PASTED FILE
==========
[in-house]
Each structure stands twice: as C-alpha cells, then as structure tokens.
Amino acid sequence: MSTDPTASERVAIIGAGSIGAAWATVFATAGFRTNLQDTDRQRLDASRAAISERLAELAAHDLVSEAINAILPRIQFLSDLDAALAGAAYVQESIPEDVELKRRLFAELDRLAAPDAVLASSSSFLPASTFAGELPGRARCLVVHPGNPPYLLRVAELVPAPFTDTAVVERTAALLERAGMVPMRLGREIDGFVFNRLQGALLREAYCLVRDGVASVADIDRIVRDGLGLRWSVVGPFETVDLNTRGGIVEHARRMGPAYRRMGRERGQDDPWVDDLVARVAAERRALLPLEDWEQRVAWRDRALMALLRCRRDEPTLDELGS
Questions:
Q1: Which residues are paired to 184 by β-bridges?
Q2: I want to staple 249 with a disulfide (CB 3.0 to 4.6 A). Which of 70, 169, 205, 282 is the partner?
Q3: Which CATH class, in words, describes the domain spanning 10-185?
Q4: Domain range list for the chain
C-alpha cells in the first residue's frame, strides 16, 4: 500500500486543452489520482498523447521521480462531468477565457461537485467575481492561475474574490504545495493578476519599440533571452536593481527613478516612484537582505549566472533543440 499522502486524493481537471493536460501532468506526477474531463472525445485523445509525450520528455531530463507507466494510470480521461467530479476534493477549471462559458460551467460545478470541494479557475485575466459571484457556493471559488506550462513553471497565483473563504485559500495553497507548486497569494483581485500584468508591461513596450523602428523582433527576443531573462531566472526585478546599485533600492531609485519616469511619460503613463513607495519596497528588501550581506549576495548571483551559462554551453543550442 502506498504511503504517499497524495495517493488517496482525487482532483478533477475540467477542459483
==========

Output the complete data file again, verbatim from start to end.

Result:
[in-house]
Each structure stands twice: as C-alpha cells, then as structure tokens.
Amino acid sequence: MSTDPTASERVAIIGAGSIGAAWATVFATAGFRTNLQDTDRQRLDASRAAISERLAELAAHDLVSEAINAILPRIQFLSDLDAALAGAAYVQESIPEDVELKRRLFAELDRLAAPDAVLASSSSFLPASTFAGELPGRARCLVVHPGNPPYLLRVAELVPAPFTDTAVVERTAALLERAGMVPMRLGREIDGFVFNRLQGALLREAYCLVRDGVASVADIDRIVRDGLGLRWSVVGPFETVDLNTRGGIVEHARRMGPAYRRMGRERGQDDPWVDDLVARVAAERRALLPLEDWEQRVAWRDRALMALLRCRRDEPTLDELGS
Questions:
Q1: Which residues are paired to 184 by β-bridges?
Q2: I want to staple 249 with a disulfide (CB 3.0 to 4.6 A). Which of 70, 169, 205, 282 is the partner?
Q3: Which CATH class, in words, describes the domain spanning 10-185?
Q4: Domain range list for the chain
C-alpha cells in the first residue's frame, strides 16, 4: 500500500486543452489520482498523447521521480462531468477565457461537485467575481492561475474574490504545495493578476519599440533571452536593481527613478516612484537582505549566472533543440 499522502486524493481537471493536460501532468506526477474531463472525445485523445509525450520528455531530463507507466494510470480521461467530479476534493477549471462559458460551467460545478470541494479557475485575466459571484457556493471559488506550462513553471497565483473563504485559500495553497507548486497569494483581485500584468508591461513596450523602428523582433527576443531573462531566472526585478546599485533600492531609485519616469511619460503613463513607495519596497528588501550581506549576495548571483551559462554551453543550442 502506498504511503504517499497524495495517493488517496482525487482532483478533477475540467477542459483